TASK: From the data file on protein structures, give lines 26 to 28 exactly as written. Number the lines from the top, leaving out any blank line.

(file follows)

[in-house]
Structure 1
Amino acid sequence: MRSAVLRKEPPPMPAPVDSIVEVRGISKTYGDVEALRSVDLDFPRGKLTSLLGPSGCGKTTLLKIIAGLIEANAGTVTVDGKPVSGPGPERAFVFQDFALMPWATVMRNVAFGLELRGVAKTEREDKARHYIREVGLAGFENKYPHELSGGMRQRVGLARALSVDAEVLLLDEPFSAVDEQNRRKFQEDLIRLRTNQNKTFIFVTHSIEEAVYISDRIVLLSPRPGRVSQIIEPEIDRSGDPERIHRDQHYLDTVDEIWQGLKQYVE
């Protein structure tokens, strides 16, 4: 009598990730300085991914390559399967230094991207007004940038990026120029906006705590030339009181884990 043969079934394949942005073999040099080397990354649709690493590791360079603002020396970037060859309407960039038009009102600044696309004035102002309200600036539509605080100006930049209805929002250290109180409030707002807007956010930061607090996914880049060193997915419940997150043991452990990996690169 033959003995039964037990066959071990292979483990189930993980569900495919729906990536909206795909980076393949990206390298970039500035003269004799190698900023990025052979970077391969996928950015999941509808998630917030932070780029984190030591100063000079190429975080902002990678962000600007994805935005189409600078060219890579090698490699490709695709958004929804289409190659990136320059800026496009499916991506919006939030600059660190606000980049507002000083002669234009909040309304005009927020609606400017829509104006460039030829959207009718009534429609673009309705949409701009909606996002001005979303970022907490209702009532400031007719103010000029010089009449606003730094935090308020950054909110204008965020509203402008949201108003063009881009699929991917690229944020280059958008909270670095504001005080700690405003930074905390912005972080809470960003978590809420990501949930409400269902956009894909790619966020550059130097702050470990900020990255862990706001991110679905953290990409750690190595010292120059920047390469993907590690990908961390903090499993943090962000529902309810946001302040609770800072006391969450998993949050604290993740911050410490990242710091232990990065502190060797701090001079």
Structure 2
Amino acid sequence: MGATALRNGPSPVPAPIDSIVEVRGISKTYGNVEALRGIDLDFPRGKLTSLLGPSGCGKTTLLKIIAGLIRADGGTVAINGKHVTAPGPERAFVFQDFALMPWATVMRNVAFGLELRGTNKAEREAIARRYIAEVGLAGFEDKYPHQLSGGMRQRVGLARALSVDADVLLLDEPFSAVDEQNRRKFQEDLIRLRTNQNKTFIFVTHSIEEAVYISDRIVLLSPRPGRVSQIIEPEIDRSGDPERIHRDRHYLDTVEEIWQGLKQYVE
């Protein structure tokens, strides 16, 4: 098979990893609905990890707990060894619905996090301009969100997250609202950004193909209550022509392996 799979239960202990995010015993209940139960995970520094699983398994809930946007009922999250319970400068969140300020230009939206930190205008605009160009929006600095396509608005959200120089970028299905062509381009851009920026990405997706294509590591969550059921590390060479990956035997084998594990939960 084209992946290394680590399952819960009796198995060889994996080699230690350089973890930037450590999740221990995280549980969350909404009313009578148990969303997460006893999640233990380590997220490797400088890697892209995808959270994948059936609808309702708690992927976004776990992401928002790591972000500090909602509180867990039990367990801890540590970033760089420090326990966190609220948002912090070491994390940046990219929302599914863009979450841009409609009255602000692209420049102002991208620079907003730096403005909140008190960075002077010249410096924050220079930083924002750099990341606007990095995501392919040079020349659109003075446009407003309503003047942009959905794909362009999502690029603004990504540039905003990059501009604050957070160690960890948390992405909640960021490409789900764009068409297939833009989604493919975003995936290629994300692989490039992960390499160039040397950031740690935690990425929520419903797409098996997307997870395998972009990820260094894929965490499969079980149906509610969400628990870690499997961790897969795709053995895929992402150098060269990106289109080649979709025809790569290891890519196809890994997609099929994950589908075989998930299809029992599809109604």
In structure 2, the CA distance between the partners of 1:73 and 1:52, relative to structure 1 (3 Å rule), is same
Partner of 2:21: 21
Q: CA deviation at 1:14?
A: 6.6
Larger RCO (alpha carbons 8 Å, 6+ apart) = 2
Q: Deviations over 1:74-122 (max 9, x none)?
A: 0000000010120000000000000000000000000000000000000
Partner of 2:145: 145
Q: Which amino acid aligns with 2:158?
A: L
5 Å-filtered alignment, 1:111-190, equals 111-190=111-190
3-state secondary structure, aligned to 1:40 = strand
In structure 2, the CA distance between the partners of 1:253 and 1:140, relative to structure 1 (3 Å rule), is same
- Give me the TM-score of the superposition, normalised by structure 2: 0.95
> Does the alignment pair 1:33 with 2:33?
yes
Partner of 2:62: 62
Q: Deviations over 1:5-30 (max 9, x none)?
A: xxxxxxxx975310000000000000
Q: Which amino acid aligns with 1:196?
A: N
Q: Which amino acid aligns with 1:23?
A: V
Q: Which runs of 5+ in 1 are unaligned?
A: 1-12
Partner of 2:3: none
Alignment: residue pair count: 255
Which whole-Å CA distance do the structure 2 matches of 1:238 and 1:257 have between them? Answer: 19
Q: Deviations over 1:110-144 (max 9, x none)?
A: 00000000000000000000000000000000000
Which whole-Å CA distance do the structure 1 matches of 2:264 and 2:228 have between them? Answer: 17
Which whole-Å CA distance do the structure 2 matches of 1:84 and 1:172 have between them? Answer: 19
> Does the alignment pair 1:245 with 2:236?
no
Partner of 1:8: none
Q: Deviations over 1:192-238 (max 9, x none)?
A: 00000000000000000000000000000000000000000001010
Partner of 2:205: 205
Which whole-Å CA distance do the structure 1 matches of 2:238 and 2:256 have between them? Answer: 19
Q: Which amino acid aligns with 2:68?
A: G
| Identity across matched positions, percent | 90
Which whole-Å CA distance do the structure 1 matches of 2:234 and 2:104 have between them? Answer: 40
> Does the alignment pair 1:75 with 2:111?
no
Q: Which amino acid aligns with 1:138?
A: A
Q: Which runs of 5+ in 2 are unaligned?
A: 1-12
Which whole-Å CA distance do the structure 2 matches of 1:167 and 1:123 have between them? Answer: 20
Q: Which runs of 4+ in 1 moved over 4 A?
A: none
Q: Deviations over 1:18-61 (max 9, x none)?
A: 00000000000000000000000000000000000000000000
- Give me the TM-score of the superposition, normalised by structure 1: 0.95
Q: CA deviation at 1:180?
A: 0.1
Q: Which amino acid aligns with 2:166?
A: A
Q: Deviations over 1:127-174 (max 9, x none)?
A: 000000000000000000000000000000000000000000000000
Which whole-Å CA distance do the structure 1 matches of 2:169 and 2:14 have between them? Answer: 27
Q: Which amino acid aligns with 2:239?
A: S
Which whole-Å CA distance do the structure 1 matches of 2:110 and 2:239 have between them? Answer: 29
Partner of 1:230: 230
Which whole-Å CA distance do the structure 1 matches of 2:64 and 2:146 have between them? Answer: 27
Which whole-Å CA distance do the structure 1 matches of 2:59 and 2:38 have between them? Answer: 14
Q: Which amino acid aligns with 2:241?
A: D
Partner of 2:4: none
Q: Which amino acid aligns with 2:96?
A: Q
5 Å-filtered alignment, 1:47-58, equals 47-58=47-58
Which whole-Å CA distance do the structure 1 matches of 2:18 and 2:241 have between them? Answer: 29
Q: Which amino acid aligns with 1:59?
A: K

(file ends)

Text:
A: xxxxxxxx975310000000000000
Q: Which amino acid aligns with 1:196?
A: N